Rep. Mike Sodrel profiled in today’s Courier-Journal.

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Representative and candidate Mike Sodrel is profiled in today’s Courier-Journal:

Time as working stiff shaped political views, by Lesley Stedman Weidenbener (short shelf life for Courier-Journal links).

U.S. Rep. Mike Sodrel was smiling when he said it, but it was clear he felt frustrated.

Speaking to the Rotary Club last month in Clarksville, the first-term 9th District congressman said that people cheer when someone becomes a millionaire by winning the lottery.

But when you work 60 to 80 hours a week for 30 years, he said shaking his head, wealth suddenly is viewed as a negative.

Not in these quarters. You’ve not read the words “Millionaire Mike” at NAC, although on occasion I’ve referred to Sodrel as “Hot Wheels.” Personal wealth need not be a hindrance for a politician, and I’ll not say that it should disqualify a person from serving.

Rather, my objection to Sodrel’s continued presence in the U.S. House of Representatives stems from his positions and how these pertain to the state of the nation, not the state of his personal checking account.

Although Sodrel’s campaigns initially focused on his business experience, he has emerged as much a social conservative as a fiscal one.

He opposes abortion in all circumstances except when the mother’s life is at risk. He backs constitutional amendments to ban flag burning and gay marriage. And he has used those issues to political advantage, saying that he best represents the views of the fairly conservative 9th District.

In the House, Sodrel serves on the transportation, agriculture, science and small business committees. He won support for federal funds for the planned Ohio River bridges at Louisville. He introduced legislation that would have banned federal courts from interfering in the speech rights of state legislators, a reaction to a judicial order forbidding prayers in the Indiana House of Representatives that referred to Jesus or Christ.

And Sodrel has been a major supporter of President Bush, voting with him more than any other member of the Indiana delegation. Democrats call him a rubber stamp for a president whose policies have fallen out of favor.

In a nutshell, Sodrel platform personifies the distaste of so many Americans with the damning limitations of the two-party system.

It’s a simple question any child might ask: Can’t there be a political party that espouses fiscal conservatism, i.e., the Republican ethos of old, while maintaining a more libertarian stance on social issues?

It remains fascinating that Lee Hamilton managed to represent a conservative district for decades without curtsying to the siren’s call of extremism, as Sodrel does on a daily basis when the evangelical wing of the GOP comes calling. It remains ironic that an avowed free marketer touts one version of market freedom when it comes to earning income, and another one entirely different when the topic turns to matters of social conscience and civil rights, and yet could the theocratic state preferred by Sodrel’s clamorous faith-based supporters be further from the intent of the founders to separate church and state, and to keep them separated?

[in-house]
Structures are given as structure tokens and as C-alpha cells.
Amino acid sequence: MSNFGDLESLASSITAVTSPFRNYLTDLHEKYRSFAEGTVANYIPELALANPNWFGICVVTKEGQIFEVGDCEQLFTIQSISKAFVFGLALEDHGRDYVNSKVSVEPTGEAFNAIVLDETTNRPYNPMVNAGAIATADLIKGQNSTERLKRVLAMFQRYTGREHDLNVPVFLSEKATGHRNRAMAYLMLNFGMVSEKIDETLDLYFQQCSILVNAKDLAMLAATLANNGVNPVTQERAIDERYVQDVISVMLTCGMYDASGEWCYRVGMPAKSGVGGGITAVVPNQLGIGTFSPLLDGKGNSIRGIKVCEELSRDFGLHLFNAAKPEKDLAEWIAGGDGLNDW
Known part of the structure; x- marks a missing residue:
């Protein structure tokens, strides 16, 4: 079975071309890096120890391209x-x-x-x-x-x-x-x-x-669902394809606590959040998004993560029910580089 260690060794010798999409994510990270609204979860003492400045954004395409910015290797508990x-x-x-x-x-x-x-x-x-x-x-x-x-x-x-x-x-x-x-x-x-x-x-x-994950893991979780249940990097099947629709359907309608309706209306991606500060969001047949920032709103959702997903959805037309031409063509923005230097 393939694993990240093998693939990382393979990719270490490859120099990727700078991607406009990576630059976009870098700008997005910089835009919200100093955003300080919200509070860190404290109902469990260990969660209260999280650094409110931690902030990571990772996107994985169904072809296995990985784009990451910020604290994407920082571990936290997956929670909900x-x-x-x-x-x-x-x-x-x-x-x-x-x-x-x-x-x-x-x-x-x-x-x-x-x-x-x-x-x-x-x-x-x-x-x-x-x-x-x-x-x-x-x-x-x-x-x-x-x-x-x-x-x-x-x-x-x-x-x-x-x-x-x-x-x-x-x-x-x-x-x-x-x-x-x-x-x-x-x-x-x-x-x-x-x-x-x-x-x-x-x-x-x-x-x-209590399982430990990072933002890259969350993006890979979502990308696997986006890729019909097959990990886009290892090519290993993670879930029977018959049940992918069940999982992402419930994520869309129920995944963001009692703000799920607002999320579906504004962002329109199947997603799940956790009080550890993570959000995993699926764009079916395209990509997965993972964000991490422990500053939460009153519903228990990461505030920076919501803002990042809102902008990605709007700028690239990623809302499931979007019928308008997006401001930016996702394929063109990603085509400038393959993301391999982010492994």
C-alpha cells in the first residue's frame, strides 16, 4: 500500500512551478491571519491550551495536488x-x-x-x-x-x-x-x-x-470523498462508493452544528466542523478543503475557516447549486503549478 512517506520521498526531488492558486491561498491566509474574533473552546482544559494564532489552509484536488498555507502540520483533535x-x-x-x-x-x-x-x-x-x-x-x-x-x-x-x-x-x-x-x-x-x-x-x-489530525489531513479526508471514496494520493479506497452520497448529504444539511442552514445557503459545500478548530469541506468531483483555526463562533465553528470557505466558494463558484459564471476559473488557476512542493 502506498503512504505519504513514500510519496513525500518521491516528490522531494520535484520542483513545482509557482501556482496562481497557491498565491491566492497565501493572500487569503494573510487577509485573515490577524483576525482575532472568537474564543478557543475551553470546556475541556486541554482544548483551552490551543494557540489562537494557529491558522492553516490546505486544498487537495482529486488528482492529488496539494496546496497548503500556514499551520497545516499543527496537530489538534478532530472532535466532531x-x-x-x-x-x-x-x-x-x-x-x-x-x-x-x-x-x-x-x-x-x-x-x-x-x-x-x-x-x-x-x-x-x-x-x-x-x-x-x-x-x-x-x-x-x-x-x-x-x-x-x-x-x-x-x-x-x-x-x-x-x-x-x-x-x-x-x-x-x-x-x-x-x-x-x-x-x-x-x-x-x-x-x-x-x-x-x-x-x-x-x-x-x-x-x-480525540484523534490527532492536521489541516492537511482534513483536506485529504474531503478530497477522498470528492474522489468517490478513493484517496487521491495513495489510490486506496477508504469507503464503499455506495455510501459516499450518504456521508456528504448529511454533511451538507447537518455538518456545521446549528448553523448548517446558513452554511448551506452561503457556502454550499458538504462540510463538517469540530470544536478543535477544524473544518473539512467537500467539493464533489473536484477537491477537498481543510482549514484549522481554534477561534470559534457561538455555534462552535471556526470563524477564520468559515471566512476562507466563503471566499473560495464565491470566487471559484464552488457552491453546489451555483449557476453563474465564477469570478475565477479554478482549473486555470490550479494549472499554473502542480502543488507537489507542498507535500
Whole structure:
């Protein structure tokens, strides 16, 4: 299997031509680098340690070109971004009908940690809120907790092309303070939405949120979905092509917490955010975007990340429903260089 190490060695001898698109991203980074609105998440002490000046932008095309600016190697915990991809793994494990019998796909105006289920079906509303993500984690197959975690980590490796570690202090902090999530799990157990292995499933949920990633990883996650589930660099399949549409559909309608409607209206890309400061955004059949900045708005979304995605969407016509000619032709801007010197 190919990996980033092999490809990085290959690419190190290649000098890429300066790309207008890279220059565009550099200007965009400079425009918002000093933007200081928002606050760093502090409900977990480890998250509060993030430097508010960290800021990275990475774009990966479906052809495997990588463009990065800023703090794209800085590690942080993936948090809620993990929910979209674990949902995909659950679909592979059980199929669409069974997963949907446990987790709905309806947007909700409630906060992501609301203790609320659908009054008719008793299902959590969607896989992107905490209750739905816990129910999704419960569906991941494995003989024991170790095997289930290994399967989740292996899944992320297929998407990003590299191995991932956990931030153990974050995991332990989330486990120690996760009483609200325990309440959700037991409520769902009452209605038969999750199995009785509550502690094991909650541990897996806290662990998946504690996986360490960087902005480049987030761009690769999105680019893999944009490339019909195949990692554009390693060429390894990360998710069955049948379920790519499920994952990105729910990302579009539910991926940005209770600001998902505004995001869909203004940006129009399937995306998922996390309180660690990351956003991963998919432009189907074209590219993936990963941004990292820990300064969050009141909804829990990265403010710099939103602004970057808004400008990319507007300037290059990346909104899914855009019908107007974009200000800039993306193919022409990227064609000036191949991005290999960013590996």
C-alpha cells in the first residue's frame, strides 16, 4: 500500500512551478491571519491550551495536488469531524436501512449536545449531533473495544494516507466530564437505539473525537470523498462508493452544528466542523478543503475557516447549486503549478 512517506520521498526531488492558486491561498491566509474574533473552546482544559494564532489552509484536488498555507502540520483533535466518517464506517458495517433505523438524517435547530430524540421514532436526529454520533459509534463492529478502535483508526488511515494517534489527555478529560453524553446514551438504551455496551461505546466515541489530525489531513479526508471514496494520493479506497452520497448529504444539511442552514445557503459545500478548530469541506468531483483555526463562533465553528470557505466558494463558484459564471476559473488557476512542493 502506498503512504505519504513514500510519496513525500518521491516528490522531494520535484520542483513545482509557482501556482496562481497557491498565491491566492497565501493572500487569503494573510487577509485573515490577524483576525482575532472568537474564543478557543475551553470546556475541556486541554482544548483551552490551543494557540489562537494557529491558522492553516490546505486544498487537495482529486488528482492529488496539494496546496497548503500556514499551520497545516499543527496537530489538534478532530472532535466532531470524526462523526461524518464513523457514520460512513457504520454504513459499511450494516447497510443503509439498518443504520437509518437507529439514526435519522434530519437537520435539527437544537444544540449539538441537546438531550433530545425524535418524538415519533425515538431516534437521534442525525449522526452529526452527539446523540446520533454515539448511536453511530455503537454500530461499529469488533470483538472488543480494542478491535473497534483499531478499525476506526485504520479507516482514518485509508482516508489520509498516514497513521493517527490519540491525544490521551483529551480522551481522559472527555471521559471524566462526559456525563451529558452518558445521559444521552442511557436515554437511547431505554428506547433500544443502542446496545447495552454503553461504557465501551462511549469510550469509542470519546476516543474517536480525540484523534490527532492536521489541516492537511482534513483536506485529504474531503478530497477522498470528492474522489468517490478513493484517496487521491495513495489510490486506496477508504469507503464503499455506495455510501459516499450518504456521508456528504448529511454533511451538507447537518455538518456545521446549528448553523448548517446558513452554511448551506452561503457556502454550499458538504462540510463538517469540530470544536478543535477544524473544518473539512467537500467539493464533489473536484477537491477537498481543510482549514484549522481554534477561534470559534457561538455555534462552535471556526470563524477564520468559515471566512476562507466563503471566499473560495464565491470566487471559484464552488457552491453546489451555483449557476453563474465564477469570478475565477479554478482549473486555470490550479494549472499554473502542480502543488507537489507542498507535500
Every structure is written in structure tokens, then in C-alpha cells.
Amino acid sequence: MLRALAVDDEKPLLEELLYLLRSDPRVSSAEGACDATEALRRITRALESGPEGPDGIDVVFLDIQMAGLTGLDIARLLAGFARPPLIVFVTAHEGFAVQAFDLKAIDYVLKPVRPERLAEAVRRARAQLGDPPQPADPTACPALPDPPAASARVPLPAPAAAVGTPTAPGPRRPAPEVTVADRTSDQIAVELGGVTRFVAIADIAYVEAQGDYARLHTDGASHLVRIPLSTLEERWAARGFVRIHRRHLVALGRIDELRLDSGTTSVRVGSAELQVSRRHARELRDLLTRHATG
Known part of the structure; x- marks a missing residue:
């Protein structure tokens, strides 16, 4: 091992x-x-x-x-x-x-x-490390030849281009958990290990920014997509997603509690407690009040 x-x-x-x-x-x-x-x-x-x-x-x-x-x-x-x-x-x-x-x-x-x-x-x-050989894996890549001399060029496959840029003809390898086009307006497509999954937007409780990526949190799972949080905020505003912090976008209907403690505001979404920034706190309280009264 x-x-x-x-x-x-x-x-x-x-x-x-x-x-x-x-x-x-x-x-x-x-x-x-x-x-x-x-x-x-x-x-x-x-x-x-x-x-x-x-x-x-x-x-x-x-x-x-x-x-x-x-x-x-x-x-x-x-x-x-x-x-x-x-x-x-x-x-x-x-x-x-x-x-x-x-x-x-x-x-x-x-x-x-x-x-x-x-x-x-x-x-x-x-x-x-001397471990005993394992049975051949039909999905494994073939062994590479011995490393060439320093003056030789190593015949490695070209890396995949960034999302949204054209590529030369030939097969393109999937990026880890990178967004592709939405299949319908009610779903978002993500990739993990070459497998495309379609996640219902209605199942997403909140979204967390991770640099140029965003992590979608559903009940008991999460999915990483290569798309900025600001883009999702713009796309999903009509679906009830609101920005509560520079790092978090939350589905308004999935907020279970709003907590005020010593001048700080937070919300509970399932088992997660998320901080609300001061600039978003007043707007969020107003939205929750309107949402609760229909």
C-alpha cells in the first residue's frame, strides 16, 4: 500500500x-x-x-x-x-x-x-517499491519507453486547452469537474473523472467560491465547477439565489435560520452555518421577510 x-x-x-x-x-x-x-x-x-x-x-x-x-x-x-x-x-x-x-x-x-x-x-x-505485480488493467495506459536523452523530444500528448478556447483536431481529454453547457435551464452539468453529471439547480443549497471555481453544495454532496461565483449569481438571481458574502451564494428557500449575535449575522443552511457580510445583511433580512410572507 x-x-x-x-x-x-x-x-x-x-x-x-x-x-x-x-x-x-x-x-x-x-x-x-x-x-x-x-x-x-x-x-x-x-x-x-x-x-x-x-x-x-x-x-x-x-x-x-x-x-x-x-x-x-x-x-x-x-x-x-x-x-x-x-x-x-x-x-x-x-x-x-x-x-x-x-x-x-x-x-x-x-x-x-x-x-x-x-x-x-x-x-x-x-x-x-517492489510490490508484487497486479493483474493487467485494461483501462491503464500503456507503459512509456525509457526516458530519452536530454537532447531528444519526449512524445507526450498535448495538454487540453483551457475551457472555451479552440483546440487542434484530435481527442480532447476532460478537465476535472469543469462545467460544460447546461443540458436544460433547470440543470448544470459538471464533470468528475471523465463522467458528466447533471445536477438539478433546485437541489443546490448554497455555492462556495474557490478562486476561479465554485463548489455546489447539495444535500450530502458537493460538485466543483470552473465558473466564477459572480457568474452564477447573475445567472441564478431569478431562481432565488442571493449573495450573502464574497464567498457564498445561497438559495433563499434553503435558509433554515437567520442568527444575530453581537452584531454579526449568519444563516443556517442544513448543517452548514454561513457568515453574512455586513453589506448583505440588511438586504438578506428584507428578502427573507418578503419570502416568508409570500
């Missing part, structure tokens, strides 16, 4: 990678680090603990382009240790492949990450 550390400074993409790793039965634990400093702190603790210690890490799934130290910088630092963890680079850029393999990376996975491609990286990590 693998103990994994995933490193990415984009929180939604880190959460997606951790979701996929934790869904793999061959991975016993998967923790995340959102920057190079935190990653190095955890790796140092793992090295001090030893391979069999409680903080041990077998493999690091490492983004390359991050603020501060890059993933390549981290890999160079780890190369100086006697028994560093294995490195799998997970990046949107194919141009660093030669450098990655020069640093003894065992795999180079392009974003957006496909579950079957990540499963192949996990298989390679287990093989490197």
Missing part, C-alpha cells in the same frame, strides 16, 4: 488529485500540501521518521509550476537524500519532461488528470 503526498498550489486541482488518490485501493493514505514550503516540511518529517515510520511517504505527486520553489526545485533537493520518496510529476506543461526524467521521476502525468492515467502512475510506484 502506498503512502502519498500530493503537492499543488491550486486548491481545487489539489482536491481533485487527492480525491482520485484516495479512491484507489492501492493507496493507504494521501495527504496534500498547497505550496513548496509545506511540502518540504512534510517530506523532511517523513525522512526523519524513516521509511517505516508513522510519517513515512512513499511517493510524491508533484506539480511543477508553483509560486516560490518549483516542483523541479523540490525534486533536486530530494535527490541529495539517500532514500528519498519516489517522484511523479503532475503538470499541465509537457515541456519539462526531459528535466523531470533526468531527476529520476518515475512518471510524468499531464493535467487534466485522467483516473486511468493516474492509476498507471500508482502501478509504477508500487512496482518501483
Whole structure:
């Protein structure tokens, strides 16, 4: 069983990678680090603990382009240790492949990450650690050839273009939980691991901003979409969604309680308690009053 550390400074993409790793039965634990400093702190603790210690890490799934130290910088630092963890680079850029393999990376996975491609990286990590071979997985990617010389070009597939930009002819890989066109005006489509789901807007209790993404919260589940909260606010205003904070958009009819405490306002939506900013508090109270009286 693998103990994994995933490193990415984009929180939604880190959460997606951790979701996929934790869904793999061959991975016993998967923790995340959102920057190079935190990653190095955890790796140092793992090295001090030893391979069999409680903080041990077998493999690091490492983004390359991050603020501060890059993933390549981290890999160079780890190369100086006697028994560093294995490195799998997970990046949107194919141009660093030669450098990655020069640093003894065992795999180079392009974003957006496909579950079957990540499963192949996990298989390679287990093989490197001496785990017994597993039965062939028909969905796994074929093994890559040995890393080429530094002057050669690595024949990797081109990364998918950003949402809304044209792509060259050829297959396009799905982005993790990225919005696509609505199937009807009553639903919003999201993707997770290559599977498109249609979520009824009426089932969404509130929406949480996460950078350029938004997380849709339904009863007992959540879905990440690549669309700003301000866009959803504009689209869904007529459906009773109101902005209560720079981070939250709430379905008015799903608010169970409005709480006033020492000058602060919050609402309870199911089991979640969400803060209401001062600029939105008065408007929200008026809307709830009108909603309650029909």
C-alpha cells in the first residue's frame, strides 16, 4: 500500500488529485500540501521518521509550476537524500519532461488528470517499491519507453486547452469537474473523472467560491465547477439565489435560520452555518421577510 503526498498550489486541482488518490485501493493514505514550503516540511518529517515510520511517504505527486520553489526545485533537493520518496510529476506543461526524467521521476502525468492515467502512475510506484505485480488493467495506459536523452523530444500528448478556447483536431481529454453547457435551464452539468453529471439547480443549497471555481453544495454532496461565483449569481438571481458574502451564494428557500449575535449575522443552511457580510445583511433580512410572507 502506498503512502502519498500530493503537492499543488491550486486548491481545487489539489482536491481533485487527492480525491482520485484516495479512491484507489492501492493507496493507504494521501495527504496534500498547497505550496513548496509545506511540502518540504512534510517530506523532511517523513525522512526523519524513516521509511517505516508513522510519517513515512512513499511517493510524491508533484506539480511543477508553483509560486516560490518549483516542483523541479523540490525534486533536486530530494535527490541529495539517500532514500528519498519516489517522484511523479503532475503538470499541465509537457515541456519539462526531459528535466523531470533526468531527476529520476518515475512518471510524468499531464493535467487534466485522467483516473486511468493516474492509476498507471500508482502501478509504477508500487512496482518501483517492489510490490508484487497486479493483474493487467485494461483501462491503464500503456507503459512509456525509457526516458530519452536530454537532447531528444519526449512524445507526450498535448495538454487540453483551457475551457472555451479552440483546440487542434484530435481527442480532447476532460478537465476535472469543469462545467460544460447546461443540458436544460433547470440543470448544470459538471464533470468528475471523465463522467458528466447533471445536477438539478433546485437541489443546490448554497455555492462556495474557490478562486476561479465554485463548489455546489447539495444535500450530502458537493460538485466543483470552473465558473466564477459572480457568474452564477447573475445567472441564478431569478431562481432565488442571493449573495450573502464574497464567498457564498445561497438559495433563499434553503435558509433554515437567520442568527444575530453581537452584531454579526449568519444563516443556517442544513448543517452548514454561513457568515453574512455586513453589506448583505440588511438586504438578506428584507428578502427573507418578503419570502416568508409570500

The bulk of Sodrel’s campaign talking points to date have constituted a repetitive über-pander to the religious right, embracing such mindless inanities as accusing his opponent of favoring violent video games, torching flags, preferring the Sodom & Gomorrah of the City by the Bay for the simpler pleasures of prom queens, Miller Lite and beef jerky, and being improperly disposed to benign tolerance and cultural diversity when a homespun Sodrelesque version of Torquemada is far more in keeping with the exurban fundamentalist prejudice that must be assuaged.

As New Republic senior editor Jonathan Chait puts it in an op-ed piece (also in today’s C-J), it’s all about the mid-term Republican strategy of “Running against the bogeyman” – and Chait is demanding substance. Where does he find it? In a Democratic congressional platform that few imagine exists:

… Because the Democrats running for the House of Representatives actually have an agenda. Republicans aren’t saying why the Democratic agenda is wrong, or why their own is better. They’re just ignoring it.

If you’re like most people, you probably have no idea what that agenda is. Let me list it:

  • Put new rules in place to break the link between lobbyists and legislation.
  • Enact all the recommendations made by the 9/11 commission.
  • Raise the federal minimum wage to $7.25 an hour.
  • Cut the interest rate on federally supported student loans in half.
  • Allow the government to negotiate directly with pharmaceutical companies for lower drug prices for Medicare patients.
  • Broaden the types of stem-cell research supported with federal funds.
  • Impose pay-as-you-go budget rules, requiring that new entitlement spending or tax cuts be offset with entitlement spending cuts or tax hikes.

Chait concludes:

But nearly all of those campaigns are trying to run against a boogeyman. They raise the specter of a radical Democratic agenda, but they refuse to say what they don’t like about that agenda. There’s a reason for that: It’s popular.

I always knew my vote against Sodrel was fitting and proper, and although it may have taken some time, now I’m feeling good about my vote for Baron Hill.

And, as Basil Fawlty once said, “don’t mention the war.”

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